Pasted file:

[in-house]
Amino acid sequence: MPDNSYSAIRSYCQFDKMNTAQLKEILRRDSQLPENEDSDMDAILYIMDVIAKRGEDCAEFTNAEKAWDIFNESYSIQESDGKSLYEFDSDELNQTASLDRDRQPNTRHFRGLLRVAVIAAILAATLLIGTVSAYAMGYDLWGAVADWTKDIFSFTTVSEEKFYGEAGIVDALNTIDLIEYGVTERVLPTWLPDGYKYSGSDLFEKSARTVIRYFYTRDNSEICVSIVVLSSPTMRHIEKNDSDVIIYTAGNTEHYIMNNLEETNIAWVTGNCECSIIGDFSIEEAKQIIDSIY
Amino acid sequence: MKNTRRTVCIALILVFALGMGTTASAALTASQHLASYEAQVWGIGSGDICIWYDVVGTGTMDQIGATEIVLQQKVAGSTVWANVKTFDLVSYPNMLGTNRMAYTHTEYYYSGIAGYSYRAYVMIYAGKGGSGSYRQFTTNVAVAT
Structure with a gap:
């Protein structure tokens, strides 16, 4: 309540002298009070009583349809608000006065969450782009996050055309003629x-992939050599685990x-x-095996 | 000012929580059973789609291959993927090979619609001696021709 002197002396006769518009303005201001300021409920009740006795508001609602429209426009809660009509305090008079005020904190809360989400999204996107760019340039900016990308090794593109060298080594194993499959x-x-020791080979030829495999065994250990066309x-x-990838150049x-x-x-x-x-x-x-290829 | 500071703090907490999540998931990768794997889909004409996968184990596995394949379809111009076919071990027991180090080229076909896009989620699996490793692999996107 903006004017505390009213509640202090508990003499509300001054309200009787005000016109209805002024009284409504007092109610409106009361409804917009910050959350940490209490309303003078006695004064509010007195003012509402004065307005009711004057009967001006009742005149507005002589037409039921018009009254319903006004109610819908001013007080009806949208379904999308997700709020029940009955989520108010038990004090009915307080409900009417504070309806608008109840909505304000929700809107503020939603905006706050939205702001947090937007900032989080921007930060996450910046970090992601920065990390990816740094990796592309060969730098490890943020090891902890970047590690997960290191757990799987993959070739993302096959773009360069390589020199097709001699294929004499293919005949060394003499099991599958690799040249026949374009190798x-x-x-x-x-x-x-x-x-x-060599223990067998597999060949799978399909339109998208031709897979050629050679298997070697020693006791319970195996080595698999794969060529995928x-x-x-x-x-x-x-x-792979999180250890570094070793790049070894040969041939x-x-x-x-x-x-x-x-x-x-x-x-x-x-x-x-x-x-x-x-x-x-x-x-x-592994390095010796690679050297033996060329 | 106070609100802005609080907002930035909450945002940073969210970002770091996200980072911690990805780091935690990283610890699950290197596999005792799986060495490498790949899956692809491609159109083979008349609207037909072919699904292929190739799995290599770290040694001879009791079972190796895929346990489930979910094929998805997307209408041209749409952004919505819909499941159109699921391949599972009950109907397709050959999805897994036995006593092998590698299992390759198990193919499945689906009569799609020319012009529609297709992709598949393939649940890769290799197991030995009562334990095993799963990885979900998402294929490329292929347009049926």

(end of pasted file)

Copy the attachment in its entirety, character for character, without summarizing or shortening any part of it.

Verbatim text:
[in-house]
Amino acid sequence: MPDNSYSAIRSYCQFDKMNTAQLKEILRRDSQLPENEDSDMDAILYIMDVIAKRGEDCAEFTNAEKAWDIFNESYSIQESDGKSLYEFDSDELNQTASLDRDRQPNTRHFRGLLRVAVIAAILAATLLIGTVSAYAMGYDLWGAVADWTKDIFSFTTVSEEKFYGEAGIVDALNTIDLIEYGVTERVLPTWLPDGYKYSGSDLFEKSARTVIRYFYTRDNSEICVSIVVLSSPTMRHIEKNDSDVIIYTAGNTEHYIMNNLEETNIAWVTGNCECSIIGDFSIEEAKQIIDSIY
Amino acid sequence: MKNTRRTVCIALILVFALGMGTTASAALTASQHLASYEAQVWGIGSGDICIWYDVVGTGTMDQIGATEIVLQQKVAGSTVWANVKTFDLVSYPNMLGTNRMAYTHTEYYYSGIAGYSYRAYVMIYAGKGGSGSYRQFTTNVAVAT
Structure with a gap:
């Protein structure tokens, strides 16, 4: 309540002298009070009583349809608000006065969450782009996050055309003629x-992939050599685990x-x-095996 | 000012929580059973789609291959993927090979619609001696021709 002197002396006769518009303005201001300021409920009740006795508001609602429209426009809660009509305090008079005020904190809360989400999204996107760019340039900016990308090794593109060298080594194993499959x-x-020791080979030829495999065994250990066309x-x-990838150049x-x-x-x-x-x-x-290829 | 500071703090907490999540998931990768794997889909004409996968184990596995394949379809111009076919071990027991180090080229076909896009989620699996490793692999996107 903006004017505390009213509640202090508990003499509300001054309200009787005000016109209805002024009284409504007092109610409106009361409804917009910050959350940490209490309303003078006695004064509010007195003012509402004065307005009711004057009967001006009742005149507005002589037409039921018009009254319903006004109610819908001013007080009806949208379904999308997700709020029940009955989520108010038990004090009915307080409900009417504070309806608008109840909505304000929700809107503020939603905006706050939205702001947090937007900032989080921007930060996450910046970090992601920065990390990816740094990796592309060969730098490890943020090891902890970047590690997960290191757990799987993959070739993302096959773009360069390589020199097709001699294929004499293919005949060394003499099991599958690799040249026949374009190798x-x-x-x-x-x-x-x-x-x-060599223990067998597999060949799978399909339109998208031709897979050629050679298997070697020693006791319970195996080595698999794969060529995928x-x-x-x-x-x-x-x-792979999180250890570094070793790049070894040969041939x-x-x-x-x-x-x-x-x-x-x-x-x-x-x-x-x-x-x-x-x-x-x-x-x-592994390095010796690679050297033996060329 | 106070609100802005609080907002930035909450945002940073969210970002770091996200980072911690990805780091935690990283610890699950290197596999005792799986060495490498790949899956692809491609159109083979008349609207037909072919699904292929190739799995290599770290040694001879009791079972190796895929346990489930979910094929998805997307209408041209749409952004919505819909499941159109699921391949599972009950109907397709050959999805897994036995006593092998590698299992390759198990193919499945689906009569799609020319012009529609297709992709598949393939649940890769290799197991030995009562334990095993799963990885979900998402294929490329292929347009049926």